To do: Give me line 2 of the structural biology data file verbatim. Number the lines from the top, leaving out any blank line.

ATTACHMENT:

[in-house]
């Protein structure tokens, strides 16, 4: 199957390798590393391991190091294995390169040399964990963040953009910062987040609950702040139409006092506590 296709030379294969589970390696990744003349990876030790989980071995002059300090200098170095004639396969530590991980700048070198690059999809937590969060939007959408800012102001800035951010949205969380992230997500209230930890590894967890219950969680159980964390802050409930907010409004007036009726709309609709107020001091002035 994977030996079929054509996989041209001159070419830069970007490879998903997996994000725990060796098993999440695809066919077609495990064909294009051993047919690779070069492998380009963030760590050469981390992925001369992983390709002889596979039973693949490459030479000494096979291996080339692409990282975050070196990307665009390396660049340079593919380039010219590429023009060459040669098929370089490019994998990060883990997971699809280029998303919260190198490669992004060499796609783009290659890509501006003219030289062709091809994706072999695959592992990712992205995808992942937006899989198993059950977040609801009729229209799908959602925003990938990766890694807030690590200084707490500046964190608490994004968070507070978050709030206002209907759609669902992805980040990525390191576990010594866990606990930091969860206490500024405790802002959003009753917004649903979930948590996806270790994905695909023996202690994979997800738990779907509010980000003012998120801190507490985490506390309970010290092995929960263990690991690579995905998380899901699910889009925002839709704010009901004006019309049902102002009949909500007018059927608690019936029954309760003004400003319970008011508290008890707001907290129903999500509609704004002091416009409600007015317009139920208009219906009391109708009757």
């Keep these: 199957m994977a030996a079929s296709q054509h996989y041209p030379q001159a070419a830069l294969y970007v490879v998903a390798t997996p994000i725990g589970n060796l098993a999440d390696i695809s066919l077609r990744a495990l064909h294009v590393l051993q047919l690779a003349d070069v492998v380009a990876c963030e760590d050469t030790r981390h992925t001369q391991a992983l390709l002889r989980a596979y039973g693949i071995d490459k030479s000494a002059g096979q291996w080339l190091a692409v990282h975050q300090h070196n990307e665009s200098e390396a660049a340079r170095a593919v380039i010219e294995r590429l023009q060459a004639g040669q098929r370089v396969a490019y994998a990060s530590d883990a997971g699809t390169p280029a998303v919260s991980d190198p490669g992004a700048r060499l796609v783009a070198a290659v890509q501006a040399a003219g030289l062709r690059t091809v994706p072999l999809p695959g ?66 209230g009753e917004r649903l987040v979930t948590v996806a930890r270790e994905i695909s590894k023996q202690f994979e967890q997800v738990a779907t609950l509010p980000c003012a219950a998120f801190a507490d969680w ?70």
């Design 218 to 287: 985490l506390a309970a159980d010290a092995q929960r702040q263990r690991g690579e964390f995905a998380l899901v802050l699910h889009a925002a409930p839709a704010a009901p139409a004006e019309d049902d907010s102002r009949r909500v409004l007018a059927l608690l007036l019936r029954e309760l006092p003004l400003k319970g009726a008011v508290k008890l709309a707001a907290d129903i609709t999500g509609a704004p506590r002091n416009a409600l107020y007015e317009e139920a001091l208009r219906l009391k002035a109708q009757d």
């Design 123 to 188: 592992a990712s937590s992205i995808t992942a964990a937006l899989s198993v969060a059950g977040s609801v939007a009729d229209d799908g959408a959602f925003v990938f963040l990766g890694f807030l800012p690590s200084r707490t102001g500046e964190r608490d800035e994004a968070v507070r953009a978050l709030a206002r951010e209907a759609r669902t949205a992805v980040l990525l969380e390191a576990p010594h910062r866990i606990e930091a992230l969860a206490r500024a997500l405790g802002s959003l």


């Protein structure tokens, strides 16, 4: 199957390798590393391991190091294995390169040399964990963040953009910062987040609950702040139409006092506590 296709030379294969589970390696990744003349990876030790989980071995002059300090200098170095004639396969530590991980700048070198690059999809937590969060939007959408800012102001800035951010949205969380992230997500209230930890590894967890219950969680159980964390802050409930907010409004007036009726709309609709107020001091002035 994977030996079929054509996989041209001159070419830069970007490879998903997996994000725990060796098993999440695809066919077609495990064909294009051993047919690779070069492998380009963030760590050469981390992925001369992983390709002889596979039973693949490459030479000494096979291996080339692409990282975050070196990307665009390396660049340079593919380039010219590429023009060459040669098929370089490019994998990060883990997971699809280029998303919260190198490669992004060499796609783009290659890509501006003219030289062709091809994706072999695959592992990712992205995808992942937006899989198993059950977040609801009729229209799908959602925003990938990766890694807030690590200084707490500046964190608490994004968070507070978050709030206002209907759609669902992805980040990525390191576990010594866990606990930091969860206490500024405790802002959003009753917004649903979930948590996806270790994905695909023996202690994979997800738990779907509010980000003012998120801190507490985490506390309970010290092995929960263990690991690579995905998380899901699910889009925002839709704010009901004006019309049902102002009949909500007018059927608690019936029954309760003004400003319970008011508290008890707001907290129903999500509609704004002091416009409600007015317009139920208009219906009391109708009757």